Corn corn corn corn. I knew the long haul across Kansas would be a challenge. So I started the morning off by being the first one to charge into the over-advertised Meramec Caverns. Truly, they are extensive, and I admit I’ve never seen such an impressive array of different formations. Sometimes the trivia of their use was interesting (Jesse James Hideout story, the Art Linkletter Honeymoon Cave Prank) and at others somewhat embarrassing (Tom Sawyer movie final scene, Lassie sat on this rock). We rushed past the real formations so quickly, the guide turning on and off light switches, that we really never had a chance to enjoy the cave itself. It’s too bad, because if you can battle past the parking lot zip line, the trampoline, fudge factory, gift shop (with all imported items), and cave Jacuzzi (only one of those doesn’t really exist there), the caverns themselves are worth it.
And then? Corn corn corn corn. Hours of grain and train, houses dilapidated and struggling. This place is hard on people—there are many elderly, and none of them age well. Their houses, crippled or abandoned, have worn themselves away, surrounded by the rusting yard junk of generations. In Colorado, I found much the same, but the yard became scrub and dirt.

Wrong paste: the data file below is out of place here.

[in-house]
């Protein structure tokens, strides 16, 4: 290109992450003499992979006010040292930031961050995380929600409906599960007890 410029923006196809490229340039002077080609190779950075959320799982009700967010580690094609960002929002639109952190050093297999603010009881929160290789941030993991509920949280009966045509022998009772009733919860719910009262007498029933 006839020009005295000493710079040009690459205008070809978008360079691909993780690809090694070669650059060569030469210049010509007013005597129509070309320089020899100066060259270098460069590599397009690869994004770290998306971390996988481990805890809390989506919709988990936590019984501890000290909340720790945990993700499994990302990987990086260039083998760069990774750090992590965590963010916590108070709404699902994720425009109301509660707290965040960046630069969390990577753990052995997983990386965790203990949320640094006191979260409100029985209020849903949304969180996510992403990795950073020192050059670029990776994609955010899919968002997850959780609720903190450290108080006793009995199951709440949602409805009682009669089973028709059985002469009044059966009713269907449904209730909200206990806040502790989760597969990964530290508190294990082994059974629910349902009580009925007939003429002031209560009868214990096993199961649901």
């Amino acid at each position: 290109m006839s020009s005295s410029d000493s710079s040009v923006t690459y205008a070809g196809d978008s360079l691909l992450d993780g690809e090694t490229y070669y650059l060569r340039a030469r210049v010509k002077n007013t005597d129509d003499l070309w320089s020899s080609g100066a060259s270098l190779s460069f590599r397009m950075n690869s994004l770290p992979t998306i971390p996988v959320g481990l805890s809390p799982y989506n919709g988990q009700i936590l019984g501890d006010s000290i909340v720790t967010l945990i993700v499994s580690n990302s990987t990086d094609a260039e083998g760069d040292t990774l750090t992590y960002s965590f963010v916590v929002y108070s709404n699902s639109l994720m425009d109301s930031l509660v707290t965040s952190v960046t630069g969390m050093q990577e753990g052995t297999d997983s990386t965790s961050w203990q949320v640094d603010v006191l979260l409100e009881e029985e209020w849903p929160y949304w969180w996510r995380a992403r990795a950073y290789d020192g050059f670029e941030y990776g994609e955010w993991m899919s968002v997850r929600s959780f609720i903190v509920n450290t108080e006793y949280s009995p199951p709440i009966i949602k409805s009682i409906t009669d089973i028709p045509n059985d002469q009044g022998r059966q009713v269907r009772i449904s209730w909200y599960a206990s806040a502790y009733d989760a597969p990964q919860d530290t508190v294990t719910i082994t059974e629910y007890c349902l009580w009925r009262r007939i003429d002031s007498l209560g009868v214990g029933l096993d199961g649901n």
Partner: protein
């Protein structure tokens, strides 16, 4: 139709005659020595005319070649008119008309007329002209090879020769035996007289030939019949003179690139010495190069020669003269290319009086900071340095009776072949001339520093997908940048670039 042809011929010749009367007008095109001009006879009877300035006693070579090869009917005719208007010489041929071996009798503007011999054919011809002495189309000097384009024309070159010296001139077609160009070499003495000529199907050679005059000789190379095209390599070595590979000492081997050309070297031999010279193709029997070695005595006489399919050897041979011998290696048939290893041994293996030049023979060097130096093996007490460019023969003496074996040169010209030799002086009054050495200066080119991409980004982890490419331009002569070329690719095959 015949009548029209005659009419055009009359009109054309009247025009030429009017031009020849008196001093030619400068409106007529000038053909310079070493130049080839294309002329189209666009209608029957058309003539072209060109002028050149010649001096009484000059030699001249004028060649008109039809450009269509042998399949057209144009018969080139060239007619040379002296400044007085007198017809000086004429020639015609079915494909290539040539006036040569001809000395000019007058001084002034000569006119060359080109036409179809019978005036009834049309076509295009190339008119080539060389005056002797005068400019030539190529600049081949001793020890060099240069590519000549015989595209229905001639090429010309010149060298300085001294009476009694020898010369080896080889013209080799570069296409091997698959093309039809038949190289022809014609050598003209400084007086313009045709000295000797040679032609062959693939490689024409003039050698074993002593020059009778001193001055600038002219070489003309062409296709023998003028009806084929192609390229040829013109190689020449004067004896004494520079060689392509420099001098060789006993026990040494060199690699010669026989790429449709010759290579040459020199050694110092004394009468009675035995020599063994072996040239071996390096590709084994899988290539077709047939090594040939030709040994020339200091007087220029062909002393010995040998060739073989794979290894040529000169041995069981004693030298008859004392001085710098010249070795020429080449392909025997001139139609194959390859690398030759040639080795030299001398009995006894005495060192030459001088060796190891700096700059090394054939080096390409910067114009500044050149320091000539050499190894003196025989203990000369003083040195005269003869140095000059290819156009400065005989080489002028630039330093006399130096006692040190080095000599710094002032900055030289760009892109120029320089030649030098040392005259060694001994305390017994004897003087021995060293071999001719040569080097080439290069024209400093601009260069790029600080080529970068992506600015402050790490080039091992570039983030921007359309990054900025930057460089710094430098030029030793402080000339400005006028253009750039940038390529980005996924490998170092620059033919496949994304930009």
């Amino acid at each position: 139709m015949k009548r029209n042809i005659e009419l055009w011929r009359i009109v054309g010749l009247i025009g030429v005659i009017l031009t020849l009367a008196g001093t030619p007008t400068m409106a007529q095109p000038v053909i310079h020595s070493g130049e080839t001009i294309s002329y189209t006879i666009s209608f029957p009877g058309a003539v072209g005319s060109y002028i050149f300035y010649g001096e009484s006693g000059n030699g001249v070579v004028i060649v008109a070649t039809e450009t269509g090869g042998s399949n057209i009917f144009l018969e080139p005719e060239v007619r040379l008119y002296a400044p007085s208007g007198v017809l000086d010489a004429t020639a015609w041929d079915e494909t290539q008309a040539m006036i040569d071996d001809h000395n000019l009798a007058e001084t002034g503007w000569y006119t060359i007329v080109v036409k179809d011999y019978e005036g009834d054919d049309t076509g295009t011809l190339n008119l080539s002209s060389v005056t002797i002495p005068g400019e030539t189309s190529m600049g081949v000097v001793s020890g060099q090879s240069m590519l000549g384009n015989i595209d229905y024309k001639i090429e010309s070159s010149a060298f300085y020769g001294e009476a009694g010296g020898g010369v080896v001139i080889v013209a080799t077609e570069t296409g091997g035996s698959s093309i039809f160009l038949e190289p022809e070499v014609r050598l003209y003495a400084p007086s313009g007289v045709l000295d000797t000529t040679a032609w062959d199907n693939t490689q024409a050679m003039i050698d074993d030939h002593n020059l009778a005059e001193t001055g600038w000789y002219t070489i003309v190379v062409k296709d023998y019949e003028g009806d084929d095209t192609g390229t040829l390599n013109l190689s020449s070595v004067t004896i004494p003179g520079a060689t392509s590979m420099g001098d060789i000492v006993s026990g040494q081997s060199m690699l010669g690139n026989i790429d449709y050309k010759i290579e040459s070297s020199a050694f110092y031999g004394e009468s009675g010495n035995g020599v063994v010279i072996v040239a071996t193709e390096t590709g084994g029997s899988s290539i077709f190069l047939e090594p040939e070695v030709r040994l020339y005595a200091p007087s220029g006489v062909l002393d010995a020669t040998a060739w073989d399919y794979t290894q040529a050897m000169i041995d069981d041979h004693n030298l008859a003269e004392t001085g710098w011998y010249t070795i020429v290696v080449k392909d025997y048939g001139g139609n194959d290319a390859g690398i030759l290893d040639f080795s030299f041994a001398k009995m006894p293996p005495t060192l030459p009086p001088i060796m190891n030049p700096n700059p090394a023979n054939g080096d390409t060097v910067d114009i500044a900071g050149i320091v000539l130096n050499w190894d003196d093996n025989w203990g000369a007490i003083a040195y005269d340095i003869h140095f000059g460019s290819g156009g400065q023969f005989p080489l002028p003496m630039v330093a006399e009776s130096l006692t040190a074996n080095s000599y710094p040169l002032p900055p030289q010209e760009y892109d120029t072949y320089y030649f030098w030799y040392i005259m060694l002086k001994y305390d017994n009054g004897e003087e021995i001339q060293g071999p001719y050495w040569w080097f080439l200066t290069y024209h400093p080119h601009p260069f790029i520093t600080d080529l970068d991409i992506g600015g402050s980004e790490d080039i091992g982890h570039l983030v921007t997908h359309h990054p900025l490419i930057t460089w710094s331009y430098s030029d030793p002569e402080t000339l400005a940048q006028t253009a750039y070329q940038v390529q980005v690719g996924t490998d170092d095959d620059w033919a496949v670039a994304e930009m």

I stopped at the Tall Grass Prairie Preservation program, but it was closed. I walked the trails anyway, one of the only places where the pulverizing plowblades of the early 20th century never reached. The Dust Bowl (a history I just listened to in The Worst Hard Time) destroyed a 2000-year-old ecosystem which we will never see again, but this small hillock had a sample. I spent the night on a small lake shore where the plains winds brought with them a nighttime thunderstorm. Packed the tent in the rain.
Corn corn corn corn. Diner with old people, Polaroid photographs fading against the wall, and grease melted into the woodwork. The grain train blows past three times in 30 minutes. Rust. Another pickup truck with an American flag propped up in the bed. (What is it raised in defense against?) A gas station rack labeled “Hostess” sits empty.
Is it any wonder that places like Dodge City have all but forgotten what they are about? The pathetic Boot Hill Museum has all of the right ingredients and none of the talent or interest in even shilling tourists for an image of the Old West which never existed.
So it does not surprise me that here lies the Capote-obsession, the Cutter Massacre historied, Holcomb, KS. My last stop in Kansas was the creepiest: Main Street was a wide and dusty emptiness of the sides of buildings and broken homes. No one moved on the street my entire ride through town and back; every house seemed to lie darkly. Surely it was my imagination? I left quickly.